As near as I can tell, the nail pulling is a fulcrum thing; the closer
the fulcrum is to the nail being pulled, the better the leverage is.
With a straight clawed hammer, if you pull a 16 penny framing nail out
about an inch, the fulcrum movet to the head of the hammer, which gives
loust leverage. This can be off set by putting bar or board under the
hammerhead to change the fulcrum back. The other altermative is to pull
the nail by levering side to side rather than back to front. The
straight claws work well for splitting small pieces of wood, digging
small trenches, picking up boards, and prying boards apart (twisting
sideways after driving it in). Wood always moves, and I never found or
heard of a way to keep a wood handle tight forever.I would never trade
the wood handles for the other types, especially the metal ones. They
just feel so much better, especially at the end of the day.
Fine Woodworking did an interesting experiment a few years back with
wood movement. They started with 3 pieces of wood (2x12x12) that were
all dry to 6%. All three were bolted to a metal table on the bottoms.
One had nothing on the top. The other 2 had an I beam on the top. One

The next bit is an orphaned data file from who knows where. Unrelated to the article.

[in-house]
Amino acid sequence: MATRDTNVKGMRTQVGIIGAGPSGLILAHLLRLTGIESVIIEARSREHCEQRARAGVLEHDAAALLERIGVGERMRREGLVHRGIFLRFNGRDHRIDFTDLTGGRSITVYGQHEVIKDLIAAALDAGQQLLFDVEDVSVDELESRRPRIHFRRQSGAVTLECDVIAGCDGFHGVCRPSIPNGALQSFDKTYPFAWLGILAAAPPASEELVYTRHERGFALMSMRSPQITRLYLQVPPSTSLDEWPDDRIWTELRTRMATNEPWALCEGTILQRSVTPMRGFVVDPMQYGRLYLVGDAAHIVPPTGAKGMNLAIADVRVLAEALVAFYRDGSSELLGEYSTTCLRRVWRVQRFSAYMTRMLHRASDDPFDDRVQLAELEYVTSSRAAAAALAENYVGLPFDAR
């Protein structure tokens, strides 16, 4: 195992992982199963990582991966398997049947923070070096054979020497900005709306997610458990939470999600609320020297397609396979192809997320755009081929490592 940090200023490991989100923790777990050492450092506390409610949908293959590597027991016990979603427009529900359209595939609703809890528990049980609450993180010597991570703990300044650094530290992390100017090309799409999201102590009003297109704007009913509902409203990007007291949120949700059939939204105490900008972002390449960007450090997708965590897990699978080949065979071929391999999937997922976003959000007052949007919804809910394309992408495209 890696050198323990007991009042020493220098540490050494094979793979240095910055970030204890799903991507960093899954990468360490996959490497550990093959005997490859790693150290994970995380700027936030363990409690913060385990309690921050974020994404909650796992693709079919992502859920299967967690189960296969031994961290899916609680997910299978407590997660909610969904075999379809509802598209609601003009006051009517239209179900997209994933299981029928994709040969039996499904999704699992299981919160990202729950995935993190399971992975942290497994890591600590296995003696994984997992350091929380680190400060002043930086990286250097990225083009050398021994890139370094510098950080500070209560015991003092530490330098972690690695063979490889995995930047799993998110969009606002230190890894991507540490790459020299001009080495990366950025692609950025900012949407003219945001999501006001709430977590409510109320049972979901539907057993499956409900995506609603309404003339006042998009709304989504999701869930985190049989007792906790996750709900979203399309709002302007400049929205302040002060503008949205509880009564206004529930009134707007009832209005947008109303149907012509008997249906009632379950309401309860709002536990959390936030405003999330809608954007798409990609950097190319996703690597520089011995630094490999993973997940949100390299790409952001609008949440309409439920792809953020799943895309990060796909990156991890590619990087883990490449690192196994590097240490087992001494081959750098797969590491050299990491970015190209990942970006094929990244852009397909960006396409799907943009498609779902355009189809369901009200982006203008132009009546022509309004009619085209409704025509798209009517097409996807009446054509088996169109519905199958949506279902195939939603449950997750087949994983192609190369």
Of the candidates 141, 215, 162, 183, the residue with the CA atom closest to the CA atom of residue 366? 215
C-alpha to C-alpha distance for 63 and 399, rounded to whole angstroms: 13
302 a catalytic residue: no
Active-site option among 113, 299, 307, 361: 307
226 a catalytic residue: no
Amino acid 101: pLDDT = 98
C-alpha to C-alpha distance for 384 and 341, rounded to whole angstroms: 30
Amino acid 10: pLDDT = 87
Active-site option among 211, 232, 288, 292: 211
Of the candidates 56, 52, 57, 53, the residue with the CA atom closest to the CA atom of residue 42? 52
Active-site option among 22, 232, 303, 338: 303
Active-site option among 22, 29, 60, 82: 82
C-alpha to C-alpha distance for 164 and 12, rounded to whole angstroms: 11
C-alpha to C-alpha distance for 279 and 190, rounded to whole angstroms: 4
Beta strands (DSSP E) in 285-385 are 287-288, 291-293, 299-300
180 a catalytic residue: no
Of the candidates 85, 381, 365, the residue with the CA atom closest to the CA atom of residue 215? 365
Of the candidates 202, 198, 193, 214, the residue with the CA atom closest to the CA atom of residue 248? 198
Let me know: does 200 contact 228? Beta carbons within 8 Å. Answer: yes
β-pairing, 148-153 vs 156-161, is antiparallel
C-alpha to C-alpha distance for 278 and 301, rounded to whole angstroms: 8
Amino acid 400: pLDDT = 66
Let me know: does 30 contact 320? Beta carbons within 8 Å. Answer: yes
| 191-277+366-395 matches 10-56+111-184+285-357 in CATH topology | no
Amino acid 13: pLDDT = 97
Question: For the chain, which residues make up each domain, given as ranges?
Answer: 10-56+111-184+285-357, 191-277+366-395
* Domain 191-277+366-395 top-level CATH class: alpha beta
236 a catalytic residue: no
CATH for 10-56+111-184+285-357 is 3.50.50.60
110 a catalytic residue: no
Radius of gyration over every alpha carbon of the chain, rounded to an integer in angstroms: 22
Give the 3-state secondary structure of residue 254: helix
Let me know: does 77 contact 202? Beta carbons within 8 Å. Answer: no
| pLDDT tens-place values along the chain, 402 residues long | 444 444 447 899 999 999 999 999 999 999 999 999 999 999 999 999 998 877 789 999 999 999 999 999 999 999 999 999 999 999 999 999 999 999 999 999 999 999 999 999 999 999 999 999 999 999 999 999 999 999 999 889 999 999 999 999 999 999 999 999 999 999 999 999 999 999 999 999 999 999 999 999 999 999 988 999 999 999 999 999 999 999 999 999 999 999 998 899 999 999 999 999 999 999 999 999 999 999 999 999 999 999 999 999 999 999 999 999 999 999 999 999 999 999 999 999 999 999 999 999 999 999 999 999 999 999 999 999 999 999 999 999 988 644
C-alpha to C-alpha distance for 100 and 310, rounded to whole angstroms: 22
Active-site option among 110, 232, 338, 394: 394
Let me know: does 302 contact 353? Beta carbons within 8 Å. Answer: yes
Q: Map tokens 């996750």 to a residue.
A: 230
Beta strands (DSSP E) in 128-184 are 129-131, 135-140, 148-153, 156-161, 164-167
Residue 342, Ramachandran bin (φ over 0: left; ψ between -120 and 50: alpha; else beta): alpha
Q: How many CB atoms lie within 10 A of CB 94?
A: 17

was bolted to the I beam. The moisture content was raised way up, then
they were dried out to 6% again. The free standing one expanded a bit
(1/2 inch or so) then shrank back to origional size. The one that
wann't bolted to the top I beam couldn't expand, but shrank to less
than origional size. The one that was bolted top and bottom split as it
If you set your hammer handle in the dry season, it will expand in the
wet season, and then shrink in the next dry season and become loose.
If you reset it again, it will loosen up again. I don't think that I
ever had a handle last more than a few years, so I don't know if this
process will go on forever or not. It is just something that you have
to live with if you use wool handles.